If I had only one hour to solve a problem, I would spend up to two-thirds of that hour in attempting to define what the problem is. — Anonymous Yale professor (often wrongly attributed to Einstein)
Asking questions is a core skill for professionals. Asking questions to know, to understand, to probe, to test. Anyone can feel exposed asking questions, because they feel like they should know or understand already. If novices and 'experts' alike have trouble asking questions, if your community or organization does not foster a culture of asking, then there's a problem.
What is a good question?
There are naive questions, tedious questions, ill-phrased questions, questions put after inadequate self-criticism. But every question is a cry to understand the world. There is no such thing as a dumb question. — Carl Sagan
Asking good questions is the best way to avoid the problem of feeling silly or — worse — being thought silly. Here are some tips from my experience in Q&A forums at work and on the Internet:
- Do some research. Go beyond a quick Google search — try Google Scholar, ask one or two colleagues for help, look in the index of a couple of books. If you have time, stew on it for a day or two. Do enough to make sure the answer isn't widely known or trivial to find. Once you've decided to ask a network...
- Ask your question in the right forum. You will save yourself a lot of time by going taking the trouble to find the right place — the place where the people most likely to be able to help you are. Avoid the shotgun approach: it's not considered good form to cross-post in multiple related forums.
- Make the subject or headline a direct question, with some relevant detail. This is how most people will see your question and decide whether to even read the rest of it. So "Help please" or "Interpretation question" are hopeless. Much better is something like "How do I choose seismic attribute parameters?" or "What does 'replacement velocity' mean?".
- Provide some detail, and ideally an image. A bit of background helps. If you have a software or programming problem, just enough information needed to reproduce the problem is critical. Tell people what you've read and where your assumptions are coming from. Tell people what you think is going on.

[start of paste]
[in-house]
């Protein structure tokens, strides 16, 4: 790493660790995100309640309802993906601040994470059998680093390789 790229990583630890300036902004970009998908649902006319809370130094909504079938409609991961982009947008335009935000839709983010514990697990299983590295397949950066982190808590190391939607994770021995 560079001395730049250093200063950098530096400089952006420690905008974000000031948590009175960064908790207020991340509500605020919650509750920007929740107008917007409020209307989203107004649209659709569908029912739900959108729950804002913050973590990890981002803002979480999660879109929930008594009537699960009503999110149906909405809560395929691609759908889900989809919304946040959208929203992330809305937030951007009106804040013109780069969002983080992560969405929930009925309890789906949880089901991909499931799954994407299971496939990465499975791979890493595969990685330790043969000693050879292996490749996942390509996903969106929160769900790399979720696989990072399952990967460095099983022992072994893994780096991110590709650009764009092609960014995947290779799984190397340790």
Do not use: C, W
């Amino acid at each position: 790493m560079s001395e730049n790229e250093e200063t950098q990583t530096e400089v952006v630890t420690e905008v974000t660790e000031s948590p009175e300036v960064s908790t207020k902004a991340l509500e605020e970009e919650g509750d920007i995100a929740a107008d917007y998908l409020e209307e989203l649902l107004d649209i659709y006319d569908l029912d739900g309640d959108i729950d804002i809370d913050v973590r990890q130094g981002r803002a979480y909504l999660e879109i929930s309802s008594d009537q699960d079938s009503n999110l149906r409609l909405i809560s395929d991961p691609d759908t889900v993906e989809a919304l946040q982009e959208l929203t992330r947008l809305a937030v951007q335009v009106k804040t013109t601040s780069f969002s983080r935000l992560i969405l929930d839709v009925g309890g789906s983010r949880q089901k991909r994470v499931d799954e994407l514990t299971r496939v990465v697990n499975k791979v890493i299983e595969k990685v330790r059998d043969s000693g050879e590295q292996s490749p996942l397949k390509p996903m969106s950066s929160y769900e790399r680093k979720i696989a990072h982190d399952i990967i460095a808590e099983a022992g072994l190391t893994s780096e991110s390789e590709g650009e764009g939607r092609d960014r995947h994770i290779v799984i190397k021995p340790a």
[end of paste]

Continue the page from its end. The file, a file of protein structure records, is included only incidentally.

- Manage the question. Make sure early comments or answers seem to get your drift. Edit your question or respond to comments to help people help you. Follow up with new questions if you need clarification, but make a whole new thread if you're moving into new territory. When you have your answer, thank those who helped you and make it clear if and how your problem was solved. If you solved your own problem, post your own answer. Let the community know what happened in the end.
If you really want to cultivate your skills of inquiry, here is some more writing on the subject...
- How do I ask a good question? — advice from the world's biggest Q&A site
- How to ask questions the smart way — by open-source hacker Eric Raymond
- Ten tips for asking good questions — from For Dummies
- How to be amazingly good at asking questions — by Mike Martel
- How to cultivate the art of asking good questions — Warren Berger, A More Beautiful Question
Supply and demand
Knowledge sharing networks like Stack Exchange, or whatever you use at work, often focus too much on answers. Capturing lessons learned, for example. But you can't just push knowledge at people — the supply and demand equation has two sides — there has to be a pull too. The pull comes from questions, and an organization or community that pulls, learns.
Do you ask questions on knowledge networks? Do you have any advice for the curious?
Don't miss the next post, On answering questions.